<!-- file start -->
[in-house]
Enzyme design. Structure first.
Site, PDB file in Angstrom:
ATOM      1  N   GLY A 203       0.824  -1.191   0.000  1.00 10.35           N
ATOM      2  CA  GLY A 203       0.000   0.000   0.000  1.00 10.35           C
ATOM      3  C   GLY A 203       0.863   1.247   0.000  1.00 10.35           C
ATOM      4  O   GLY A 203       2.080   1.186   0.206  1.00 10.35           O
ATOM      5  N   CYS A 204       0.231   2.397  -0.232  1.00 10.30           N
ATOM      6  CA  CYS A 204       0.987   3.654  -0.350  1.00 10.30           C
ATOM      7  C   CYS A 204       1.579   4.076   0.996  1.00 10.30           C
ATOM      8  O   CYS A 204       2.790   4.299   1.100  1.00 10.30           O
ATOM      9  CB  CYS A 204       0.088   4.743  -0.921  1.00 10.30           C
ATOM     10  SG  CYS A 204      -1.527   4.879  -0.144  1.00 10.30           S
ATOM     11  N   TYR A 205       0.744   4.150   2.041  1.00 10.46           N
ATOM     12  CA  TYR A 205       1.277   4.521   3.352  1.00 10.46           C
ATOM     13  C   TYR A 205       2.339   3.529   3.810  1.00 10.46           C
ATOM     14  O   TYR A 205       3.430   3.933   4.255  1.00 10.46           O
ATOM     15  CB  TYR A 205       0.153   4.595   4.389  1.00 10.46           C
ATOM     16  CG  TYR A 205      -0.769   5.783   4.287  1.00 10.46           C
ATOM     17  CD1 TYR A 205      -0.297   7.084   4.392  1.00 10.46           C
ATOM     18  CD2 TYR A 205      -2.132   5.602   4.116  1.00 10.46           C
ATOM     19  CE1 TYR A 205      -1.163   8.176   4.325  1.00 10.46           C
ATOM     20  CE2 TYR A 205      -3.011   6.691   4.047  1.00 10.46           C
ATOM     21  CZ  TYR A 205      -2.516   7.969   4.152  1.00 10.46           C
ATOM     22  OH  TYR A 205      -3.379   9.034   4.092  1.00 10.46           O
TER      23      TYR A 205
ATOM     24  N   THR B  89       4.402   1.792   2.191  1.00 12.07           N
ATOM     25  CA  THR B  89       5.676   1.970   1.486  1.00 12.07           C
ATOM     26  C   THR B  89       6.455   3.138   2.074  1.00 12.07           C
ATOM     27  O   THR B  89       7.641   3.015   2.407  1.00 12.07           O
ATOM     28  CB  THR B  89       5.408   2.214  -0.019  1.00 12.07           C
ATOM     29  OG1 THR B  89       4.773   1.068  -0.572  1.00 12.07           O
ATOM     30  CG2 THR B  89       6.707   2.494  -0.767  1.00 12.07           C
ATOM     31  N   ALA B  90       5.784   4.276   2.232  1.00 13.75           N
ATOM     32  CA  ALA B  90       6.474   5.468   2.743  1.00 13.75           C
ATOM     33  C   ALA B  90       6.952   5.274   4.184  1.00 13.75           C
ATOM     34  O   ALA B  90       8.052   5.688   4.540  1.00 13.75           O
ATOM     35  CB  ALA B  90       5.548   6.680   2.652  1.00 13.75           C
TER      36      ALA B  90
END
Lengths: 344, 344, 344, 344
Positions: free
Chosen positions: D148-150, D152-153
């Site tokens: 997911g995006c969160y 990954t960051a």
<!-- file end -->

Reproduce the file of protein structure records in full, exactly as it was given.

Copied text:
[in-house]
Enzyme design. Structure first.
Site, PDB file in Angstrom:
ATOM      1  N   GLY A 203       0.824  -1.191   0.000  1.00 10.35           N
ATOM      2  CA  GLY A 203       0.000   0.000   0.000  1.00 10.35           C
ATOM      3  C   GLY A 203       0.863   1.247   0.000  1.00 10.35           C
ATOM      4  O   GLY A 203       2.080   1.186   0.206  1.00 10.35           O
ATOM      5  N   CYS A 204       0.231   2.397  -0.232  1.00 10.30           N
ATOM      6  CA  CYS A 204       0.987   3.654  -0.350  1.00 10.30           C
ATOM      7  C   CYS A 204       1.579   4.076   0.996  1.00 10.30           C
ATOM      8  O   CYS A 204       2.790   4.299   1.100  1.00 10.30           O
ATOM      9  CB  CYS A 204       0.088   4.743  -0.921  1.00 10.30           C
ATOM     10  SG  CYS A 204      -1.527   4.879  -0.144  1.00 10.30           S
ATOM     11  N   TYR A 205       0.744   4.150   2.041  1.00 10.46           N
ATOM     12  CA  TYR A 205       1.277   4.521   3.352  1.00 10.46           C
ATOM     13  C   TYR A 205       2.339   3.529   3.810  1.00 10.46           C
ATOM     14  O   TYR A 205       3.430   3.933   4.255  1.00 10.46           O
ATOM     15  CB  TYR A 205       0.153   4.595   4.389  1.00 10.46           C
ATOM     16  CG  TYR A 205      -0.769   5.783   4.287  1.00 10.46           C
ATOM     17  CD1 TYR A 205      -0.297   7.084   4.392  1.00 10.46           C
ATOM     18  CD2 TYR A 205      -2.132   5.602   4.116  1.00 10.46           C
ATOM     19  CE1 TYR A 205      -1.163   8.176   4.325  1.00 10.46           C
ATOM     20  CE2 TYR A 205      -3.011   6.691   4.047  1.00 10.46           C
ATOM     21  CZ  TYR A 205      -2.516   7.969   4.152  1.00 10.46           C
ATOM     22  OH  TYR A 205      -3.379   9.034   4.092  1.00 10.46           O
TER      23      TYR A 205
ATOM     24  N   THR B  89       4.402   1.792   2.191  1.00 12.07           N
ATOM     25  CA  THR B  89       5.676   1.970   1.486  1.00 12.07           C
ATOM     26  C   THR B  89       6.455   3.138   2.074  1.00 12.07           C
ATOM     27  O   THR B  89       7.641   3.015   2.407  1.00 12.07           O
ATOM     28  CB  THR B  89       5.408   2.214  -0.019  1.00 12.07           C
ATOM     29  OG1 THR B  89       4.773   1.068  -0.572  1.00 12.07           O
ATOM     30  CG2 THR B  89       6.707   2.494  -0.767  1.00 12.07           C
ATOM     31  N   ALA B  90       5.784   4.276   2.232  1.00 13.75           N
ATOM     32  CA  ALA B  90       6.474   5.468   2.743  1.00 13.75           C
ATOM     33  C   ALA B  90       6.952   5.274   4.184  1.00 13.75           C
ATOM     34  O   ALA B  90       8.052   5.688   4.540  1.00 13.75           O
ATOM     35  CB  ALA B  90       5.548   6.680   2.652  1.00 13.75           C
TER      36      ALA B  90
END
Lengths: 344, 344, 344, 344
Positions: free
Chosen positions: D148-150, D152-153
């Site tokens: 997911g995006c969160y 990954t960051a």